SW FIVE FOOD BE 3 3 3 3 (Prepared by the United States Depart Agrleulture) Scientists divide human food into five groups, according to the principal form of nourishment which each gives to the body. In the majority of cases the same foodstuff contains two or more such forms, but they are classi fied according to the form which pre dominates. To maintain health, ar ticles from each one of the five groups should be Included regularly in the diet. The following list shows some of the commoner food materials fir ranged in these five groups. Group 1.Foods Depended On for Min eral Matters, Vegetable Acids, and Body-Regulating Substances. Fruits Apples, pears, etc. Berries Bananas. Melons. Oranges, lemons, etc. Etc. Vegetables: Saladslettuce, celery, etc. Potherbs or "greens." Potatoes and root vegetables. Green peas, beans, etc. Tomatoes, squash, etc. Etc. Group 2.Foods Depended On for Protein. Milk, skim milk, cheese, etc. Eggs. Meat. Poultry. Fish. Dried peas, beans, cowpeas, etc. Nuts....

Publication Title: Tomahawk, The
Source: Chronicling America [US Library of Congress]
Country/State of Publication: Minnesota, United States
Page 5 [Newspaper Page] — The Tomahawk. — 5 July 1917

CENTRApoint, I* os cow as a usiness Center THESLAVIANSK* BAZAR Russia, with Mos cow, the ancient capital, as its focal is at once the richest and the most thickly populated part of the country. This region contains 18 governments, -covering an area of 480,000 square milesless than one-half of the area -of the Petrograd district, but with more than twice the population, viz., 45,000,000. As might be expected, says a writer in the magazine, Russia, the large towns are both larger and more numerous than elsewhere in Russia. Moscow had in 1912 a population of 1,617,000. Railway communications are, for Russia, relatively well devel oped here and to the south. i% As a place of business Moscow occu pies a unique position. The interests located there control and serve the enormous area of which the city forms literally the geographical center, in all matters of supply and demand for a mainly agricultural country and it is through the Moscow merchants and agency houses that foreign imports a...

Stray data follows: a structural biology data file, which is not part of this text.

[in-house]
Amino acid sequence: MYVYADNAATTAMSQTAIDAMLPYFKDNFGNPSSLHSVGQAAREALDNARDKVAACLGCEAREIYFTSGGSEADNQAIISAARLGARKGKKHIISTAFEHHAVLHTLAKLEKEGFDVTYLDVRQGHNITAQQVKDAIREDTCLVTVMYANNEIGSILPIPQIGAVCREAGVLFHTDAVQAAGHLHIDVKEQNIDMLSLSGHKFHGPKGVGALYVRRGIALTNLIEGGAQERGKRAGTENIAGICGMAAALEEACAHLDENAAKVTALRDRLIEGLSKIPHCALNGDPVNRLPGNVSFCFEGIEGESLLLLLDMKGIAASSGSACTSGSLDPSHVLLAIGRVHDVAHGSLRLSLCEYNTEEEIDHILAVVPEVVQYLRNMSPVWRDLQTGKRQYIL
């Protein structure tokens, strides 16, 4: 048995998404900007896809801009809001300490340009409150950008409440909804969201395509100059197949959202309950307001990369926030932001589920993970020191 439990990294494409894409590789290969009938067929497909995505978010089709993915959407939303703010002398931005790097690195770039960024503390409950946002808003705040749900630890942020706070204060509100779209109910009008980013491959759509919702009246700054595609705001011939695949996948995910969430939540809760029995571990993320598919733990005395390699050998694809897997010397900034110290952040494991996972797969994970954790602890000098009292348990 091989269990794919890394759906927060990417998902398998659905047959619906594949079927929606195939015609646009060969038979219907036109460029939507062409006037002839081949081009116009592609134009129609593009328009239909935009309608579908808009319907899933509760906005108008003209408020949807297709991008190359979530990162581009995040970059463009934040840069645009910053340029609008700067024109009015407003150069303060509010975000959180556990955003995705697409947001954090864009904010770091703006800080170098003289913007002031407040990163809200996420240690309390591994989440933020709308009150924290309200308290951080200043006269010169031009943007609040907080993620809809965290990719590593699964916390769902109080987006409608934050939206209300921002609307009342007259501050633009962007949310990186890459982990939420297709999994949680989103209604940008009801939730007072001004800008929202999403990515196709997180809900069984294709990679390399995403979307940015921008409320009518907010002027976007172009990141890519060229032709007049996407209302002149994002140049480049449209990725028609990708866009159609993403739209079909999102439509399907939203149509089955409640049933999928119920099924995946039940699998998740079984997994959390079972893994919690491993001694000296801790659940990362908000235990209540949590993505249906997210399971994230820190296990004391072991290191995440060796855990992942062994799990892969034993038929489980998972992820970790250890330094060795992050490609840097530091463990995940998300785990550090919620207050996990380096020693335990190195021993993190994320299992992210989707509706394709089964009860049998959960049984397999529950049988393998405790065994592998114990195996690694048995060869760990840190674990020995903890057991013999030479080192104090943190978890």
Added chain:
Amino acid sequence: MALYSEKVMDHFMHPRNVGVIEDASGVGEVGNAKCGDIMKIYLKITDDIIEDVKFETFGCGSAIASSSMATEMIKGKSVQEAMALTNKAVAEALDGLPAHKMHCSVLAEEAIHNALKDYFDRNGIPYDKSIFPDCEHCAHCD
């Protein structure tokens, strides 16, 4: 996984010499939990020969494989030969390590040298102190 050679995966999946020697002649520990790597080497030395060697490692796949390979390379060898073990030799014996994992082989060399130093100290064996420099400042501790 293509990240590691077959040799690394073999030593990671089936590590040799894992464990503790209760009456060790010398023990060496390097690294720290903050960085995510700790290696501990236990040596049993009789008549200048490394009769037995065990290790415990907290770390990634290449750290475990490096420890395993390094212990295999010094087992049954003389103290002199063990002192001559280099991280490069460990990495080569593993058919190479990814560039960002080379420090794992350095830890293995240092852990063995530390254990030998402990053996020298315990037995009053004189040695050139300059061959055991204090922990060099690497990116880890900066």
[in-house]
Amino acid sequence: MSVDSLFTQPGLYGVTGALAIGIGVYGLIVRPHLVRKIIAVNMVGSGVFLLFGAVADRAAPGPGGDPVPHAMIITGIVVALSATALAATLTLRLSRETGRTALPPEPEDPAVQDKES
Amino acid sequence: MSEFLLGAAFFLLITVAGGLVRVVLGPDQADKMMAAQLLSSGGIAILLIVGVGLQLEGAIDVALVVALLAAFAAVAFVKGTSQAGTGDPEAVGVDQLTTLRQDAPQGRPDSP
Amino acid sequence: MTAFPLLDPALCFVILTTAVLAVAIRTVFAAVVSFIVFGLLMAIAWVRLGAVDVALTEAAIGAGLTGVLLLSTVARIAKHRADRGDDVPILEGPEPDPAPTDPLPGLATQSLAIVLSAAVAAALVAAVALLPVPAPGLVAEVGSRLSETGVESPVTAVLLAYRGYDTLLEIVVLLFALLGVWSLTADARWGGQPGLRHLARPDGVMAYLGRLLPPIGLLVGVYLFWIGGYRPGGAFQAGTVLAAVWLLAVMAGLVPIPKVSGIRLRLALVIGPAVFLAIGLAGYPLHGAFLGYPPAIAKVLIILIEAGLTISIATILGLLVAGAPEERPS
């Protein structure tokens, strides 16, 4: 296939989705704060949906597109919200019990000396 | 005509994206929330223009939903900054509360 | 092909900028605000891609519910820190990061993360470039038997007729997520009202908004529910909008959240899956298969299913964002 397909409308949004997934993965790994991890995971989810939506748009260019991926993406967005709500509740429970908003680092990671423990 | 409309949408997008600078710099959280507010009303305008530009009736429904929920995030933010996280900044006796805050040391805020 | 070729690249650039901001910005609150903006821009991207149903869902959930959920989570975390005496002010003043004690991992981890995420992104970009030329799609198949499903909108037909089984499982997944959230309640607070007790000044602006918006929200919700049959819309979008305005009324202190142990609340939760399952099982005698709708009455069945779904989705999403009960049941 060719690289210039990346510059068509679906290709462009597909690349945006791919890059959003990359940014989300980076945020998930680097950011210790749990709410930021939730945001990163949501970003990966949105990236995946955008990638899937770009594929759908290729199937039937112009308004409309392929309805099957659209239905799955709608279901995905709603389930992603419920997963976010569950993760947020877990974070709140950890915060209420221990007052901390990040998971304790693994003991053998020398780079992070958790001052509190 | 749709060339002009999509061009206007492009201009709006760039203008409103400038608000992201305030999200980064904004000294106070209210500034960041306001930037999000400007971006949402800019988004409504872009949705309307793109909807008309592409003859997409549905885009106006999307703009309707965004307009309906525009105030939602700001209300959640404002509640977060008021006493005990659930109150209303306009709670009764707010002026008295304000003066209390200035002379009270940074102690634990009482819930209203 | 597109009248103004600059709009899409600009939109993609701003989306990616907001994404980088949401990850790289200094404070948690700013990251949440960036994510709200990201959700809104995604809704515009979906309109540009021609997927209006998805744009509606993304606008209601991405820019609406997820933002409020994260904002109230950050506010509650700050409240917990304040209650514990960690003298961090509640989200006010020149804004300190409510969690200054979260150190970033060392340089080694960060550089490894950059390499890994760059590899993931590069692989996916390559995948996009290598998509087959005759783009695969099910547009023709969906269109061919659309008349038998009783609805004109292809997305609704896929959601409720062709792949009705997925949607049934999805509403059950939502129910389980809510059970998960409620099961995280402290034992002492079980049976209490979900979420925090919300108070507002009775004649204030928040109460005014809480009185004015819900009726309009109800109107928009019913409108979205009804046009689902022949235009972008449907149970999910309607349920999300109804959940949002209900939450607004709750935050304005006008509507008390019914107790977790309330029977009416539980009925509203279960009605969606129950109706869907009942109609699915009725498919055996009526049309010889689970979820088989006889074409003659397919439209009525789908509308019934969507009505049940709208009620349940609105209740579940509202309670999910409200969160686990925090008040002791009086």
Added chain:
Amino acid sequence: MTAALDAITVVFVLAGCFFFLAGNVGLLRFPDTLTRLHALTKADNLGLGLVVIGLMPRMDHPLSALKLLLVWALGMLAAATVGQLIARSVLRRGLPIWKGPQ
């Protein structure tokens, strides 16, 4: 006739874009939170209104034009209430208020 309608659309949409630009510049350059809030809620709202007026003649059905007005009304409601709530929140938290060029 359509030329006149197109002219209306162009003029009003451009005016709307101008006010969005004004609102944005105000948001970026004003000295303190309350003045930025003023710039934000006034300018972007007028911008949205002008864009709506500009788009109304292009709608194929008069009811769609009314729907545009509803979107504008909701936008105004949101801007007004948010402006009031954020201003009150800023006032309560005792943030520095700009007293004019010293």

Publication Title: Tomahawk, The
Source: Chronicling America [US Library of Congress]
Country/State of Publication: Minnesota, United States
Page 6 [Newspaper Page] — The Tomahawk. — 5 July 1917

Efc "H Happenings of the World Tersely Told U. S.Teutonic War News The Pro-vidonei* (II. I.) Journal says: "Tht Unit ml Statos government is in possession of information which has revived the belief that German U boats are again on this side of the Atlantic- and that they have estab lished a base somewhere off the south side of Cuba." How the Providence (It. I.) Journal met gqile with uuile, and spy with spy, how it had its man In Bernstorff own household and its two wireless sta tions "listening in" on the German Sayville "line" to Berlinhow, in fact, this one New England newspaper for almost three years kept the United States government informed of the German-Austrian ilot in America has at last been revealed by John R. Rathom, editor of the Journal. One hundred and twenty Americans concentrated at Constantinople include all American consular officers and for ty-nine missionaries from Syria. Turk ish authorities have granted permis sion for them to leave for Switzer land. The war ...

Publication Title: Tomahawk, The
Source: Chronicling America [US Library of Congress]
Country/State of Publication: Minnesota, United States
Page 7 [Newspaper Page] — The Tomahawk. — 5 July 1917